Start with the essential business plan building blocks to create an innovative law practice.
Once you have your vision developed, you’re ready start planning to get there. If you still need to identify your vision of career success, find out how to start in this recent post.
A business plan is like a map or outline that explains the big-picture perspective of how your organization will perform effectively and reach your goals and vision of success. If you’re aiming to run a law firm that makes a profit, your business plan explains how you intend to make that profit a reality instead of merely a dream. The benefit of having a business plan is to know what to do and when to do it. It’s also being able to evaluate your actions for their level of effectiveness in leading to your financial and other goals.
Law Firm Business Plan Template
So, what goes into a business plan? Below is a sample business plan template listing 8 typical content pieces in a business plan. Use it as a checklist. You don’t need everything, unless you are seeking outside investors. In general, this is what should be included and more importantly, given your thought and consideration.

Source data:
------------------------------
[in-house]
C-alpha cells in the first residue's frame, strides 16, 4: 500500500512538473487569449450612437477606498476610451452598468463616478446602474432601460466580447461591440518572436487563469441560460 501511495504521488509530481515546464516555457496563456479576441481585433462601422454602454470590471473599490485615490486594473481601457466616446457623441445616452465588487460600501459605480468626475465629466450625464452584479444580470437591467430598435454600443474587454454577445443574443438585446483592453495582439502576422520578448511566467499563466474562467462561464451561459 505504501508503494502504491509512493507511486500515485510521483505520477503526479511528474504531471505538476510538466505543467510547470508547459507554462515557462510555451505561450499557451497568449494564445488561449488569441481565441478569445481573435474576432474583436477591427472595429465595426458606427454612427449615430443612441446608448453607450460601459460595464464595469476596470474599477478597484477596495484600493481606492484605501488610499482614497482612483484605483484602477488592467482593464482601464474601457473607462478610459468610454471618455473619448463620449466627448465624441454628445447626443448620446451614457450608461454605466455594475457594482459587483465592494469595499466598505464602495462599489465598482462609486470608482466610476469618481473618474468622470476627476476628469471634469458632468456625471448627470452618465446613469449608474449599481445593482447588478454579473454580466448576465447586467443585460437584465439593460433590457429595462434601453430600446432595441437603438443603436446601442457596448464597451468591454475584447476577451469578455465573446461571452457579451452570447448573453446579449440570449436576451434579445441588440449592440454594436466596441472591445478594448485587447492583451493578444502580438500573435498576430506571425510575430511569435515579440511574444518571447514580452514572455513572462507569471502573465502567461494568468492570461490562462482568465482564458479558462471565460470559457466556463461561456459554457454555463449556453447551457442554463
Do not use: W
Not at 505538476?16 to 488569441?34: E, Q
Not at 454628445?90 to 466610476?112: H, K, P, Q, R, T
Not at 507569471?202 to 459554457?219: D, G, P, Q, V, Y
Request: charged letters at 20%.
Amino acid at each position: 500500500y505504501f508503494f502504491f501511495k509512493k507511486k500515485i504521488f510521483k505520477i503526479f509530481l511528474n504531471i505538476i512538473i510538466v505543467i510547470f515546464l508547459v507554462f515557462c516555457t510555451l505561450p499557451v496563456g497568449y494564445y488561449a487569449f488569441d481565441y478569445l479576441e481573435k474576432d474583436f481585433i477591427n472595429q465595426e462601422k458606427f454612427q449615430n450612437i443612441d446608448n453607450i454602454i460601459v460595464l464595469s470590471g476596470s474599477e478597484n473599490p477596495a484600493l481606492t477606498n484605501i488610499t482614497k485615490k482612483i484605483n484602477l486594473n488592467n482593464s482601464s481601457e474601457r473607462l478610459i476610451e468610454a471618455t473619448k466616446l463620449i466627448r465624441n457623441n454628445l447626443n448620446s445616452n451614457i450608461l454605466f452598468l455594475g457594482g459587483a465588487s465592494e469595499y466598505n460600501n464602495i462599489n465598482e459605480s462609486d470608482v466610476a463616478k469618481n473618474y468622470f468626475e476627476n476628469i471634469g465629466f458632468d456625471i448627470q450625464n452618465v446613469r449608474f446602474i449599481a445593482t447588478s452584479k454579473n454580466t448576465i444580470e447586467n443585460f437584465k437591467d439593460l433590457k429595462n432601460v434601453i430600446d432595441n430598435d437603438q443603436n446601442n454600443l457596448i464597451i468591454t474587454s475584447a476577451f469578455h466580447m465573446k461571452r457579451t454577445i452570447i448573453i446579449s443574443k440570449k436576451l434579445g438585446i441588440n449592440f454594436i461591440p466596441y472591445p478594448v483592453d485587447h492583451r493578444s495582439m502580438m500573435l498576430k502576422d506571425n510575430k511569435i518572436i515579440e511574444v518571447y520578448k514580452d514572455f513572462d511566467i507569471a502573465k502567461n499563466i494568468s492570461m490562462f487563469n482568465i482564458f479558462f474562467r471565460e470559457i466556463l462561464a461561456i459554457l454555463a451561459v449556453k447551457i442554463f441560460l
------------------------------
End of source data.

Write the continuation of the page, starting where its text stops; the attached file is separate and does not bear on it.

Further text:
1. Cover sheet
- The cover sheets should include the name of your business. If you also have a logo and/or tagline, include them on the cover sheet.
- Make this page clear, professional, and with minimal distractions.
2. Table of Contents
- After you have completed the rest of the plan, create a table of contents.
3. Executive Summary
- It may be easier to write the other sections of your business plan before the executive summary. Write persuasively, remembering that people frequently make decisions emotionally first and then justify their decisions with reason.
- Differentiation: How is what you are selling different from that which is offered by your competition?
- Describe what you will do to generate revenue and realize a profit.
- Identify any risks you expect to encounter and your plans for addressing them.
- Identify the key people involved in the business and their roles.
- Identify needed resources to run the business effectively and efficiently.\Highlight the engaging aspects of your mission/purpose and vision.
4. Mission Statement/Statement of Purpose:
- What is the purpose of your business? Why do you exist?
5. Description of the Business
- Your business description provides an overview of the business.
- What problems are you solving, for whom, and how?
- What is your vision statement?
- If you have a physical office, where is it?
- Identify your type of legal entity (sole proprietorship, corporation, LLC, LLP, etc.) and the number of partners, shareholders, and employees.
- Include financial information if you are a start-up venture.
- Starting with your mission/purpose and vision statement, identify the key points and most compelling ideas.
- What problems are you solving, for whom, and how?
- What are the most important points about your business from ownership, management, and financial perspectives?
6. Management Plan: